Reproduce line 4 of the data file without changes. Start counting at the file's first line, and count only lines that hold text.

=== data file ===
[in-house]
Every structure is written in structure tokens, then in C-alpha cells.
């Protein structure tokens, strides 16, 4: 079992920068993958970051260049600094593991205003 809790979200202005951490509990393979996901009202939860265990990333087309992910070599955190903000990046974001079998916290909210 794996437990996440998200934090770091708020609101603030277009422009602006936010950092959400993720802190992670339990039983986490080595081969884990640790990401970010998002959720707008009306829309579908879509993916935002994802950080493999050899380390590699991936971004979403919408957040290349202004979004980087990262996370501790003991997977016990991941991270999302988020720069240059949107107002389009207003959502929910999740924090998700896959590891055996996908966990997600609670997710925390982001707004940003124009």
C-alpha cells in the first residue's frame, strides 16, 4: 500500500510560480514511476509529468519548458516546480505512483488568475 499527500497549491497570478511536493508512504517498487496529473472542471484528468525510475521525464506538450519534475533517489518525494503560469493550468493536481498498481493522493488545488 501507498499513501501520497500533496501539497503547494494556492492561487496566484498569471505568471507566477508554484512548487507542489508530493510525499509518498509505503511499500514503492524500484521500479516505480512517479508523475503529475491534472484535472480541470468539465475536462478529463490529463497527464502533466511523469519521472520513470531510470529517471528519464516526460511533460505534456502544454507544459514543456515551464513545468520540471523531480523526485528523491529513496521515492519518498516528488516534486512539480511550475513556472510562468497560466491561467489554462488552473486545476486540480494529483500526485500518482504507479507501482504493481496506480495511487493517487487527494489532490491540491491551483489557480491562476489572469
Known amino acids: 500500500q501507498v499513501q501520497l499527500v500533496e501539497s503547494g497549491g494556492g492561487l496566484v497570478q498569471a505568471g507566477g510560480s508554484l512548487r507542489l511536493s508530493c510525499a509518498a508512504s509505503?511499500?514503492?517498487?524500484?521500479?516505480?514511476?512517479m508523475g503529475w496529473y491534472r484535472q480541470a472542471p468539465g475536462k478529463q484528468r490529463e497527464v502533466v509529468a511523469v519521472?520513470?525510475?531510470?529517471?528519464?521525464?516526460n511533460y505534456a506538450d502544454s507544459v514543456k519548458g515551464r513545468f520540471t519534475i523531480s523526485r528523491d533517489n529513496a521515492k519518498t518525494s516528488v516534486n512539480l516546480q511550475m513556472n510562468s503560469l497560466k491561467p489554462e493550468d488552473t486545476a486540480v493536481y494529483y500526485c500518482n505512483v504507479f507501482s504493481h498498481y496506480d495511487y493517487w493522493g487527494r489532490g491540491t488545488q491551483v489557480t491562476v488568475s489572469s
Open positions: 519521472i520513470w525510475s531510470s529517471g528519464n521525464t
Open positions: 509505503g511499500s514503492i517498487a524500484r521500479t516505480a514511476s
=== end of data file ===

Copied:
C-alpha cells in the first residue's frame, strides 16, 4: 500500500510560480514511476509529468519548458516546480505512483488568475 499527500497549491497570478511536493508512504517498487496529473472542471484528468525510475521525464506538450519534475533517489518525494503560469493550468493536481498498481493522493488545488 501507498499513501501520497500533496501539497503547494494556492492561487496566484498569471505568471507566477508554484512548487507542489508530493510525499509518498509505503511499500514503492524500484521500479516505480512517479508523475503529475491534472484535472480541470468539465475536462478529463490529463497527464502533466511523469519521472520513470531510470529517471528519464516526460511533460505534456502544454507544459514543456515551464513545468520540471523531480523526485528523491529513496521515492519518498516528488516534486512539480511550475513556472510562468497560466491561467489554462488552473486545476486540480494529483500526485500518482504507479507501482504493481496506480495511487493517487487527494489532490491540491491551483489557480491562476489572469